The creation of a Hong Kong Film Commission - centralising all of the territory's film support mechanisms - was one of the key proposals to emerge from a crisis conference held by the Hong Kong film industry yesterday (September 18).

Conference delegates also suggested that the Hong Kong government underwrite bank loans for film production.

"We're not asking for subsidies or hand-outs," said John Sham, standing adviser to the Hong Kong Federation of Film Workers which organised the event. "But there are other ways the government can help."

The one-day "Revitalising Hong Kong Film Industry Forum" was called in response to a sharp downturn in production levels and box office receipts in 2002. Box office for Hong Kong-produced films plummeted by 38% between January and August 2002. Only 53 films were produced during the period compared to 126 in 2001.

Details of who should run the proposed film commission and how it should be funded have yet to be thrashed out. But delegates agreed that the current system of government support for the film industry is far too decentralised. A representative of the Korean Film Commission, Lee Kwang-jin, was called on to outline how the body had contributed to the current boom in Korean cinema.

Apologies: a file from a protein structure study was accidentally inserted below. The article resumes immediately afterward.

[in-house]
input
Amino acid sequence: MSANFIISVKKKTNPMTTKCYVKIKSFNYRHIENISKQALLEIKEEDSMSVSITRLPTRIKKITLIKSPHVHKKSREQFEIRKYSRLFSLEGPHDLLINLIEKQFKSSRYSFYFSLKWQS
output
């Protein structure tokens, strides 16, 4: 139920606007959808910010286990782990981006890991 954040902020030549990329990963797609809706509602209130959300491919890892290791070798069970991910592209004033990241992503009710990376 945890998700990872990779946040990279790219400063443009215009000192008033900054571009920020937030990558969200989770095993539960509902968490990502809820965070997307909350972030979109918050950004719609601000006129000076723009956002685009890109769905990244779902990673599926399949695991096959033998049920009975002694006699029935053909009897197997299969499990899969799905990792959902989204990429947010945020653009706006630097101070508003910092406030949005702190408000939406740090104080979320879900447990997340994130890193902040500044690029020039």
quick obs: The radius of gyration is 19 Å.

Delegates also proposed that a portion of Hong Kong's $100m Film Development Fund should be used to guarantee bank loans for film production. Hong Kong's deputy secretary for IT and Broadcasting, Alan Siu - one of several government representatives at the event - revealed that his department is considering the proposal.

Access to the mainland Chinese market was also a hot topic at the forum. Delegates discussed the concept of establishing a special "cultural zone" in neighbouring Guangdong Province. However calls to lobby the Chinese government to allow Hong Kong films to bypass import quotas were widely regarded as impractical.

The forum was strongly supported with about 400 film industry figures in attendance. Guest speakers included producer Bill Kong, Media Asia head Nansun Shi, director Derek Yee and Applause Pictures co-founder Allan Fung. The federation expects to present the government with a paper outlining its proposals at the end of October.